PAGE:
• A61FFILTERS IMPLANTABLE INTO BLOOD VESSELS; PROSTHESES; DEVICES PROVIDING PATENCY TO, OR PREVENTING COLLAPSING OF, TUBULAR STRUCTURES OF THE BODY, e.g. STENTS; ORTHOPAEDIC, NURSING OR CONTRACEPTIVE DEVICES; FOMENTATION; TREATMENT OR PROTECTION OF EYES OR EARS; BANDAGES, DRESSINGS OR ABSORBENT PADS; FIRST-AID KITS
    • A61F13/00Bandages or dressings; Absorbent pads
    • A61F13/00051Accessories for dressings
    • A61F13/00068Accessories for dressings specially adapted for application or removal of fluid, e.g. irrigation or drainage of wounds, under-pressure wound-therapy
    • AHUMAN NECESSITIES
    • A61MEDICAL OR VETERINARY SCIENCE; HYGIENE
    • A61FFILTERS IMPLANTABLE INTO BLOOD VESSELS; PROSTHESES; DEVICES PROVIDING PATENCY TO, OR PREVENTING COLLAPSING OF, TUBULAR STRUCTURES OF THE BODY, e.g. STENTS; ORTHOPAEDIC, NURSING OR CONTRACEPTIVE DEVICES; FOMENTATION; TREATMENT OR PROTECTION OF EYES OR EARS; BANDAGES, DRESSINGS OR ABSORBENT PADS; FIRST-AID KITS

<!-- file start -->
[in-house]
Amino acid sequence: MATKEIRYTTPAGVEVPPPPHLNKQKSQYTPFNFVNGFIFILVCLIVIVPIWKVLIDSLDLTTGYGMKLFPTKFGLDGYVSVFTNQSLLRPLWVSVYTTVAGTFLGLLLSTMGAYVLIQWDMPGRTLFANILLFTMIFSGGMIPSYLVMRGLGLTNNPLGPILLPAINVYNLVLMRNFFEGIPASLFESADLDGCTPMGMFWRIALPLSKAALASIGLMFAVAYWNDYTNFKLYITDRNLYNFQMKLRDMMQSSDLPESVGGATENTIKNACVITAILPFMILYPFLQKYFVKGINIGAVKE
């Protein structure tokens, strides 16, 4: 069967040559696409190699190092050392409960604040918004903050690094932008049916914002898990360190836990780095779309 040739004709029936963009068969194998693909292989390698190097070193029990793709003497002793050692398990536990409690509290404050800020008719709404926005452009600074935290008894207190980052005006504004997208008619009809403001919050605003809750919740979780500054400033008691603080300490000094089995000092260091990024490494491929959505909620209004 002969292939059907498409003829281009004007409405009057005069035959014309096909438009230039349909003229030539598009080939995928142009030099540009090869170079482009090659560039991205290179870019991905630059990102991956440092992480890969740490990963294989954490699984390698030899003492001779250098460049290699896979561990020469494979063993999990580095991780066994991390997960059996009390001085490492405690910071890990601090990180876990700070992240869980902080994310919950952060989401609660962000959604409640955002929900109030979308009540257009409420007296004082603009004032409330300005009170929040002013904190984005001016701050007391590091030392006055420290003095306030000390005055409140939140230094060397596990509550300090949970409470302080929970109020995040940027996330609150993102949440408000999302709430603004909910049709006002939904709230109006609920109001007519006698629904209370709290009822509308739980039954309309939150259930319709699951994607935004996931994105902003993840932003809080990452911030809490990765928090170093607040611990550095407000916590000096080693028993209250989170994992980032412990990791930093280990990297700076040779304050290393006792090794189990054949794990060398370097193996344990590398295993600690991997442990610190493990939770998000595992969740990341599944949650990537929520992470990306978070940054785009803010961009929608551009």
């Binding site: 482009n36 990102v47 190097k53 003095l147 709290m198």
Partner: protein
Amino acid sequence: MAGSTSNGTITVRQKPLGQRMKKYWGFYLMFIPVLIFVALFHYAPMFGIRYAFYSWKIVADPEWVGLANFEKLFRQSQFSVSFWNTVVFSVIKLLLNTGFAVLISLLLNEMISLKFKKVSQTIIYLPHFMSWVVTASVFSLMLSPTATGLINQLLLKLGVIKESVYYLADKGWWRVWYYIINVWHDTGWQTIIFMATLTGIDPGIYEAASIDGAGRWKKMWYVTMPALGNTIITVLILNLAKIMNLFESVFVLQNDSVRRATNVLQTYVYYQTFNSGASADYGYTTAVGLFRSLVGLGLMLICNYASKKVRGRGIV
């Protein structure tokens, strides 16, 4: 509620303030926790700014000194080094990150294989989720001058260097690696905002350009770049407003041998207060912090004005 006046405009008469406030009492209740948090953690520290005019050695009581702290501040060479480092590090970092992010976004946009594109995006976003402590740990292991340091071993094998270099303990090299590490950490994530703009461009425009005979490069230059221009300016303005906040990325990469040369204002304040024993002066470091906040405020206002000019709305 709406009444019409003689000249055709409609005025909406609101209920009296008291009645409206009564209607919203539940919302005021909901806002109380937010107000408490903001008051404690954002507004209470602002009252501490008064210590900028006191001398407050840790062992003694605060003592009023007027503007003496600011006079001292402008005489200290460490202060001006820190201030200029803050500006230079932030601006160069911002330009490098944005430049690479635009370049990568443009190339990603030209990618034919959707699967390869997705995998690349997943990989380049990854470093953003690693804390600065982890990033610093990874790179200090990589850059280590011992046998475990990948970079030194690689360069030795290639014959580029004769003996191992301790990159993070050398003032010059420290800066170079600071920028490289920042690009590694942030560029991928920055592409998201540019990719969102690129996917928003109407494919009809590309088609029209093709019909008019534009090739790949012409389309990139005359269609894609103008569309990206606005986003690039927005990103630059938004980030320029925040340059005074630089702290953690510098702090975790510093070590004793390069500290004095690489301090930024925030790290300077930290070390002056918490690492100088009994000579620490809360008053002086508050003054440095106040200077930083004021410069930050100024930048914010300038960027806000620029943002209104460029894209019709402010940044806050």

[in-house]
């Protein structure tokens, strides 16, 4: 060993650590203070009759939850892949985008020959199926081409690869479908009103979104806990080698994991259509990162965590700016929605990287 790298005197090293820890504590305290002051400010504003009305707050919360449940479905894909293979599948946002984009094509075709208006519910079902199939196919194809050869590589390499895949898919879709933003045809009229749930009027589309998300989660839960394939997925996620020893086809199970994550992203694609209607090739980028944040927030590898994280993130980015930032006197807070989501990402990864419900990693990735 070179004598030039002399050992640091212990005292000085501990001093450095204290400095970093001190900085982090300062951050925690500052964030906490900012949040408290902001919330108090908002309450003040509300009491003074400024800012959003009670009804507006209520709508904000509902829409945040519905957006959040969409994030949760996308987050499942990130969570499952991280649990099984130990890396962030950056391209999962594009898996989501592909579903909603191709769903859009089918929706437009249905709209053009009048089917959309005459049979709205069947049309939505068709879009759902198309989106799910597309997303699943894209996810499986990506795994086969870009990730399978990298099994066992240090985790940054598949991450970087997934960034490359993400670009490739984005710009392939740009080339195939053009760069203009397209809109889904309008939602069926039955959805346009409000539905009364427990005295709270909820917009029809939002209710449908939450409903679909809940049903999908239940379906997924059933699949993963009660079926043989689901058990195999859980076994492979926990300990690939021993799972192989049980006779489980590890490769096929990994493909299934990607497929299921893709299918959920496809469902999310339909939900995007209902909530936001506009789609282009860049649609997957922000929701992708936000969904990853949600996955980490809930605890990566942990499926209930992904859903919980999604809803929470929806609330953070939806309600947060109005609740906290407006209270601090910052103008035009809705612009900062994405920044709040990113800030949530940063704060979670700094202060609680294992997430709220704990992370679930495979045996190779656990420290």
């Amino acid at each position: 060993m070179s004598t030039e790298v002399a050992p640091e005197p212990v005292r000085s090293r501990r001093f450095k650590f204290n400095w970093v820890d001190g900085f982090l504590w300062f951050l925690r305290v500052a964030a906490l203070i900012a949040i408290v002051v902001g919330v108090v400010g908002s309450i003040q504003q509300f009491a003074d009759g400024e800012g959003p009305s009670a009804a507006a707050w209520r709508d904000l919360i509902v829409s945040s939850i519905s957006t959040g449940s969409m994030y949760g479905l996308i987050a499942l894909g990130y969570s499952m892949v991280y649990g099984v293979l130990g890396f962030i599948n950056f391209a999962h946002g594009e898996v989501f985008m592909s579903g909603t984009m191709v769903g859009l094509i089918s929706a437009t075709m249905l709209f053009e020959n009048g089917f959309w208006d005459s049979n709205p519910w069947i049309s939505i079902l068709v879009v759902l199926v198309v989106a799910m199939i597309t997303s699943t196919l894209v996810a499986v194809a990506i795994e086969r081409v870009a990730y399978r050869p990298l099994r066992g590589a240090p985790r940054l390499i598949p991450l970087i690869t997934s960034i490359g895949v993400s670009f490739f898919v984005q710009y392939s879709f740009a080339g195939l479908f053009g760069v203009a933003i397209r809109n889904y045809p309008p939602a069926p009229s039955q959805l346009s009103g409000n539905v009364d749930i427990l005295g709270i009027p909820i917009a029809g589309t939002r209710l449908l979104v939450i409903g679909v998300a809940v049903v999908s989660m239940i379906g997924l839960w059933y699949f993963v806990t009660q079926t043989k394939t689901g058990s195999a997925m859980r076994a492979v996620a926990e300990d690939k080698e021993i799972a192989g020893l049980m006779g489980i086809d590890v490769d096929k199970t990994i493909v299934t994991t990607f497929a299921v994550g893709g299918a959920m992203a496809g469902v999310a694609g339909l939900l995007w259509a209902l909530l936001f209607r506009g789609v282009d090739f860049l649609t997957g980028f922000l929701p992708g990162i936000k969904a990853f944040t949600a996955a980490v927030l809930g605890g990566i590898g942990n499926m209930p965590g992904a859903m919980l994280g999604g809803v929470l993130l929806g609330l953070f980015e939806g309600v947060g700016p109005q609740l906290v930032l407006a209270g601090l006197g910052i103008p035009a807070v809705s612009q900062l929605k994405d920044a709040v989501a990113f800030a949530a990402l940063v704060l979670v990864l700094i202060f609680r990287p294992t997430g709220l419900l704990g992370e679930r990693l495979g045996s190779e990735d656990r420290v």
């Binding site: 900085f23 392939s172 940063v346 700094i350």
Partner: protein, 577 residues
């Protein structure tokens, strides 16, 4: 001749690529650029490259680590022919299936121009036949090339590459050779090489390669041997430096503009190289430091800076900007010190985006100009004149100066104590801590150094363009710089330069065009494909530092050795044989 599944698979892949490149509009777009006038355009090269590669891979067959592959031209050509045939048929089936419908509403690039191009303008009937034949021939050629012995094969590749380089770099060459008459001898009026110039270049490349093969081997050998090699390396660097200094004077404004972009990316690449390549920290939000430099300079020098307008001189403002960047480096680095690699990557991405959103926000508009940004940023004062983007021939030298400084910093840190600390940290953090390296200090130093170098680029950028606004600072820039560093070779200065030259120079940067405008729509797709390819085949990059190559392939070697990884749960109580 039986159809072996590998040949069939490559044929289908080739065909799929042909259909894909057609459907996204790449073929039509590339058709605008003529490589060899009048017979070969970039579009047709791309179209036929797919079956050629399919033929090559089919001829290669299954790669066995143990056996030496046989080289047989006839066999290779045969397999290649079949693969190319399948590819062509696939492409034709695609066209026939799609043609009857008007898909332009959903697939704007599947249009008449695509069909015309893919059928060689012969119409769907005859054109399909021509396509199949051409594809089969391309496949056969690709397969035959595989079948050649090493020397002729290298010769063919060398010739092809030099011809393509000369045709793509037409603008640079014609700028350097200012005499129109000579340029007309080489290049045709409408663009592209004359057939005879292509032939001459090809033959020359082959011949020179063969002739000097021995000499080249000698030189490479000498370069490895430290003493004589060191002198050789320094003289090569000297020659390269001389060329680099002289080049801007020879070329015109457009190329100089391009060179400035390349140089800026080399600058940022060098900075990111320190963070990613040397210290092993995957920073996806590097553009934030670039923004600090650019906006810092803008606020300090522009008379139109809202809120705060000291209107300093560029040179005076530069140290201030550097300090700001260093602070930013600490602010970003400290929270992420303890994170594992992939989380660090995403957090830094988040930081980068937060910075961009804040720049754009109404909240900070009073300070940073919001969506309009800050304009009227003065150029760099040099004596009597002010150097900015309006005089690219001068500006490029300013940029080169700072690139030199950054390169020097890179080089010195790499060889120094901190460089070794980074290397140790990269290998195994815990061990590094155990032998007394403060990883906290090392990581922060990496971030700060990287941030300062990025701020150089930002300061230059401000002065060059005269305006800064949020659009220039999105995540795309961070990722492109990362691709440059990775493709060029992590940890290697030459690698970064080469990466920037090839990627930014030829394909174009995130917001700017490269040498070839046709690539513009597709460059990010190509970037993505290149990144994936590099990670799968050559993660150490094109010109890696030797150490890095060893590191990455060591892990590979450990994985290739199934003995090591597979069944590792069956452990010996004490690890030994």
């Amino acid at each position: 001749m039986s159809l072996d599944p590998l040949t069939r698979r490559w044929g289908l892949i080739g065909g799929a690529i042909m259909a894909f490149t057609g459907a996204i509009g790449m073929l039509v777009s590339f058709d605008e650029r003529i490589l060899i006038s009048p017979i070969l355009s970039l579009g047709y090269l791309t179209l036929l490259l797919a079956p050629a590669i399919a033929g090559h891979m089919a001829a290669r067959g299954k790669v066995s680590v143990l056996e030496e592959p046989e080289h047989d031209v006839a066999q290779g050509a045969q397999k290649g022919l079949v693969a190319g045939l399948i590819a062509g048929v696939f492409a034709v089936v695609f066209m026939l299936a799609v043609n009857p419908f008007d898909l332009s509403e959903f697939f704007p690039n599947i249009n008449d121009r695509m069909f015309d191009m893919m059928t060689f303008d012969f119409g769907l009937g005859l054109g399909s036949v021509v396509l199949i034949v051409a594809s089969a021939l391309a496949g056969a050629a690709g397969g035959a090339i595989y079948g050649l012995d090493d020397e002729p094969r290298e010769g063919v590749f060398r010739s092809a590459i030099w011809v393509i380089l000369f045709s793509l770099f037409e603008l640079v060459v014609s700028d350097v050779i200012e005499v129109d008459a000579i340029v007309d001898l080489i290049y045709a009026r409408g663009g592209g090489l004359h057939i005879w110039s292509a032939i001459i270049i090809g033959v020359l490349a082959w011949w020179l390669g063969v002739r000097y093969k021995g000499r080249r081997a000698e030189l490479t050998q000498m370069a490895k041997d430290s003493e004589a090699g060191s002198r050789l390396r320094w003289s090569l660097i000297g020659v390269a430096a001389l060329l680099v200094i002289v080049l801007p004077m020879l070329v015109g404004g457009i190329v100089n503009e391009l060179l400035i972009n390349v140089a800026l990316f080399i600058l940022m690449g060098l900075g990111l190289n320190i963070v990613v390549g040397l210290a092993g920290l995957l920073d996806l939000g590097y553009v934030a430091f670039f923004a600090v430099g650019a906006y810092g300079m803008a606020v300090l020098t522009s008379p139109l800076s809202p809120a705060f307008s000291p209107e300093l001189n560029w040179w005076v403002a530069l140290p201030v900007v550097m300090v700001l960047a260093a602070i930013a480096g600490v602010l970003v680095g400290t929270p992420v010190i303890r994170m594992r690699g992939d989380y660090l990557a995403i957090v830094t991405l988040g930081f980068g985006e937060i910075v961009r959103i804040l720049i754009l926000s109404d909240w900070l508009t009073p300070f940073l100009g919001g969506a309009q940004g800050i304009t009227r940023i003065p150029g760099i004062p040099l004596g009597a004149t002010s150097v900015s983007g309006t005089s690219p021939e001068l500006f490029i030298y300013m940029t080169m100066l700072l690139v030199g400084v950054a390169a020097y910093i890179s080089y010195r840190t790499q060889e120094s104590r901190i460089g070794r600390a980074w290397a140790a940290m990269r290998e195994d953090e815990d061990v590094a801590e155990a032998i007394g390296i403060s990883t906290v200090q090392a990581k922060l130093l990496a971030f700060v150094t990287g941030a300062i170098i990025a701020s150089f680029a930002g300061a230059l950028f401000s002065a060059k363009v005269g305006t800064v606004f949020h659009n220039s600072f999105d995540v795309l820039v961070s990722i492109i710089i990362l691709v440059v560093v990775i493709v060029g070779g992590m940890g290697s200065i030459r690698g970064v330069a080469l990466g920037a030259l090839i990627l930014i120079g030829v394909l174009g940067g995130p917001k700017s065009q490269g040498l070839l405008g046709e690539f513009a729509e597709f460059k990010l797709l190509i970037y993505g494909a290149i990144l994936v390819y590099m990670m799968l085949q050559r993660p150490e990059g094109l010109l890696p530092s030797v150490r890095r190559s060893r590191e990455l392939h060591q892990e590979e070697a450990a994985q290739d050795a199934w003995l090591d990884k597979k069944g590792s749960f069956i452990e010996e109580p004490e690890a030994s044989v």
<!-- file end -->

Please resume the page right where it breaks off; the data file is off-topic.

• A61F13/00Bandages or dressings; Absorbent pads
    • AHUMAN NECESSITIES
    • A61MEDICAL OR VETERINARY SCIENCE; HYGIENE
    • A61MDEVICES FOR INTRODUCING MEDIA INTO, OR ONTO, THE BODY; DEVICES FOR TRANSDUCING BODY MEDIA OR FOR TAKING MEDIA FROM THE BODY; DEVICES FOR PRODUCING OR ENDING SLEEP OR STUPOR
    • A61M1/00Suction or pumping devices for medical purposes; Devices for carrying-off, for treatment of, or for carrying-over, body-liquids; Drainage systems
    • A61M1/008Drainage tubes; Aspiration tips
    • A61M1/0088Drainage tubes; Aspiration tips with a seal, e.g. to stick around a wound for isolating the treatment area